What happens to your body when you are chronically stressed?
The hypothalamus in your brain sends a signal to your adrenal glands to produce stress hormones. These neural pathways can trigger long-term changes in your brain’s structure and function – think mental disorders, anxiety and learning difficulties.
When cortisol and epinephrine are released, the liver produces more glucose, which would supply you with the energy for “fight or flight” in an emergency. If you’re not using all the energy, that extra blood sugar can lead to type-2 diabetes.
Think of it this way: your body’s secreting all those stress chemicals but there’s no immediate threat, so it stores fat around your internal organs to protect them from future risk. Translation: you’re going to gain weight. And FYI – if you’re constantly on a yo-yo diet, you could possibly be suffering the affects of diet burn out.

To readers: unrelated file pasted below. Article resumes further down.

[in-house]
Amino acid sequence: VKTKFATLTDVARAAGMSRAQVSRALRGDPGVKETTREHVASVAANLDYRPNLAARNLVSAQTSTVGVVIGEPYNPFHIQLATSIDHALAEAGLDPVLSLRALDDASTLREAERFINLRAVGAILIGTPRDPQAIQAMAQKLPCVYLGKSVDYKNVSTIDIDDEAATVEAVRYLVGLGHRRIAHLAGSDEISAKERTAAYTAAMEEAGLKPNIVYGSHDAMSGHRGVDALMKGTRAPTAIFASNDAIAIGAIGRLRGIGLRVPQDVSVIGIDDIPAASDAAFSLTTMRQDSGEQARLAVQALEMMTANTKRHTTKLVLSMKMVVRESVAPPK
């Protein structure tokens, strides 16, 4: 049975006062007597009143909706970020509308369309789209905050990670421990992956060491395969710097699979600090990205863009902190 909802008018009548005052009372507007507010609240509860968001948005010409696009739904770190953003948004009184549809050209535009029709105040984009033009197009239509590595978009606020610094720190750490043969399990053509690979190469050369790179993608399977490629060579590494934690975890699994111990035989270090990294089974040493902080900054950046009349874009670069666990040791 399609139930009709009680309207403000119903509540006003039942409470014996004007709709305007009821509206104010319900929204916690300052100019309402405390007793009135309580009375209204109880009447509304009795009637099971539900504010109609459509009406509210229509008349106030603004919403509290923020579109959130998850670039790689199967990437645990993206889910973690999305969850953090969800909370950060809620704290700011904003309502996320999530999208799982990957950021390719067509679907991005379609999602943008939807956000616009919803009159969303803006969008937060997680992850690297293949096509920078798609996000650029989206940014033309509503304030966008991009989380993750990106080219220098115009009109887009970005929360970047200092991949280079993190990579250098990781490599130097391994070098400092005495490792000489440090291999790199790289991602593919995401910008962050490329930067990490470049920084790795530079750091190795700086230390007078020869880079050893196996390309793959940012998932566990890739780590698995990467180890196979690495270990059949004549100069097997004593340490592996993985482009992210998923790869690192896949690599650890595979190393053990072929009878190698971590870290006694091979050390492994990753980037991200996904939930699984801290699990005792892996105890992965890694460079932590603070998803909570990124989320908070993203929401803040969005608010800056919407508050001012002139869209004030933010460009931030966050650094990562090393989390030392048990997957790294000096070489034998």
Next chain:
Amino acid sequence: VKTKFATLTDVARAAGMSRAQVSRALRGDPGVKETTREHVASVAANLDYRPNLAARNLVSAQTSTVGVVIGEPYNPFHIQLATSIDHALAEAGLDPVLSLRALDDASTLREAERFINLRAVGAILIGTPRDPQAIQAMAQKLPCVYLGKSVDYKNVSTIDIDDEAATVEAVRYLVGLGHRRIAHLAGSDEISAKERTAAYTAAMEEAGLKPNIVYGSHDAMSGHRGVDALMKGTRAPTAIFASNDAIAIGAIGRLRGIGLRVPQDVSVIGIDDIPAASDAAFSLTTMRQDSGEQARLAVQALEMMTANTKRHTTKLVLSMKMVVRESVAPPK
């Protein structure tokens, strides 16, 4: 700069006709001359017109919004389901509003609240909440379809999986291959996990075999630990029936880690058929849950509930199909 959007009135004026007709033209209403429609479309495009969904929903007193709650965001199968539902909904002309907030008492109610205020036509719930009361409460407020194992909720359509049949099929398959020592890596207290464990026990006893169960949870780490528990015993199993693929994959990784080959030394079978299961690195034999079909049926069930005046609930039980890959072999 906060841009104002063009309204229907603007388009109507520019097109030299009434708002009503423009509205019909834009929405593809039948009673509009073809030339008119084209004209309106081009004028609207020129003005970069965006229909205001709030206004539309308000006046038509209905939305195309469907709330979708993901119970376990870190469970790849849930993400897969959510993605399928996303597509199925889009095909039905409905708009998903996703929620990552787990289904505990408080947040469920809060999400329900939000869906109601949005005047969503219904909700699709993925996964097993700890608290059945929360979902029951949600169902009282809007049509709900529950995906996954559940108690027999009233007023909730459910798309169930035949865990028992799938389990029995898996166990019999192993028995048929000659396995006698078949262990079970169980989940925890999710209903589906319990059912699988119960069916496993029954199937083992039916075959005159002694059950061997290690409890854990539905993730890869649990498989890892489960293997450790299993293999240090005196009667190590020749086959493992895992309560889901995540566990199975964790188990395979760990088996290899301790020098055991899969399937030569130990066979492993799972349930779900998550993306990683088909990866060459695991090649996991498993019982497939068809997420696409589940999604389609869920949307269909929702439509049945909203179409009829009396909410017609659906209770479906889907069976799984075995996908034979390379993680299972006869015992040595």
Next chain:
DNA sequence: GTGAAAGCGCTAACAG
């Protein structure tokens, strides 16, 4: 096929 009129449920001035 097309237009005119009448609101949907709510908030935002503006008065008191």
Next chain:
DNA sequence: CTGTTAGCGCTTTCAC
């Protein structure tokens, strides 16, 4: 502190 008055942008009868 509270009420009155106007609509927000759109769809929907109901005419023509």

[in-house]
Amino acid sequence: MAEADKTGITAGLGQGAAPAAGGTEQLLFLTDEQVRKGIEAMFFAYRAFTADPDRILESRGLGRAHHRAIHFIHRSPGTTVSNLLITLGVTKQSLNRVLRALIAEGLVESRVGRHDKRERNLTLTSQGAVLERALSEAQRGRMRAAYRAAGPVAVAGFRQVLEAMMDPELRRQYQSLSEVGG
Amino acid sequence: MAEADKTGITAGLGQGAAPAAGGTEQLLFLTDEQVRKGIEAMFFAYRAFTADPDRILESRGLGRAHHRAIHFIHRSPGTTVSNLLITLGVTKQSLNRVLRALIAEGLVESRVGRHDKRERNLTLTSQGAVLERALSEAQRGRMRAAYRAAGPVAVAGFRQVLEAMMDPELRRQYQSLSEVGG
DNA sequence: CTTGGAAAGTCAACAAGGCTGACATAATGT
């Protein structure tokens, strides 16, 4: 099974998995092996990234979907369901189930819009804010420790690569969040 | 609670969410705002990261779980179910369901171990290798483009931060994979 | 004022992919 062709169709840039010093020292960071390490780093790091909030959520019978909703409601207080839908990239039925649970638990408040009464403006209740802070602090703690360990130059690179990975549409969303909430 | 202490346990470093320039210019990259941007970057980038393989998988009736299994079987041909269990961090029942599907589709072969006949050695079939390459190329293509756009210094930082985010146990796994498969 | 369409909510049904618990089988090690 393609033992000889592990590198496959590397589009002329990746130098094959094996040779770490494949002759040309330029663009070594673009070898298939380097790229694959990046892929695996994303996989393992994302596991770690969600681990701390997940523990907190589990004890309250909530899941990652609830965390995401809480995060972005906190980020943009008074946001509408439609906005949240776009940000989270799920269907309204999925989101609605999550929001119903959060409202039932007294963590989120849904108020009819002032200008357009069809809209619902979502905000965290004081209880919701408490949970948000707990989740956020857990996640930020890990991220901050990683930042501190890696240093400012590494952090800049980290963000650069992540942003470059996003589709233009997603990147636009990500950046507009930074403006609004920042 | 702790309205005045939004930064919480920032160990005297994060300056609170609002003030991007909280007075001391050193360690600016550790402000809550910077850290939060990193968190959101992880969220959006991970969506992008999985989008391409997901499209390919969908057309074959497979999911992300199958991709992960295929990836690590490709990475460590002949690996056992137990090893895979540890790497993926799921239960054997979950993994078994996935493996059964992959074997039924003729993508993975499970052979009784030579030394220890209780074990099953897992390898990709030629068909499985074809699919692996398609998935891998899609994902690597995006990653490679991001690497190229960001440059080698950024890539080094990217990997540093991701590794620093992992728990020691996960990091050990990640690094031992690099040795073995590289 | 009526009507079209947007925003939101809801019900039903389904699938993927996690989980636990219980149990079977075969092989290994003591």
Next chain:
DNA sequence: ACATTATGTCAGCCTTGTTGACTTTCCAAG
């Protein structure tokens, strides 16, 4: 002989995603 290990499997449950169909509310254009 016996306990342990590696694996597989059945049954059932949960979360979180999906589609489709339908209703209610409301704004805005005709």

After a while, a process called proteolysis weakens your muscles – it breaks down proteins, so simple tasks, like lifting shopping bags, become harder. This happens when your cortisol levels stay high over a long time.
Your body’s freaking out so it loses its potassium – the stuff that stops other acids from sucking your calcium. In return, your bones struggle to absorb the milky mineral. If this goes on for much longer, you could end up with osteoporosis.
An imbalance in your levels of cortisol means your thyroid could be either underactive or overactive. Underactive means unexplained weight gain and constipation; overactive means weight loss and irregular heartbeat.
You’ve just woken up from a horrid night’s sleep and there it is – a big, stubborn pimple. It could be all that cortisol – it increases your skin’s oil production. Depigmented white spots on your skin can also be a result of chronic stress.
Feeling chronically stressed and worried you could be burning out fast? These are the 9 signs you’re burnt out.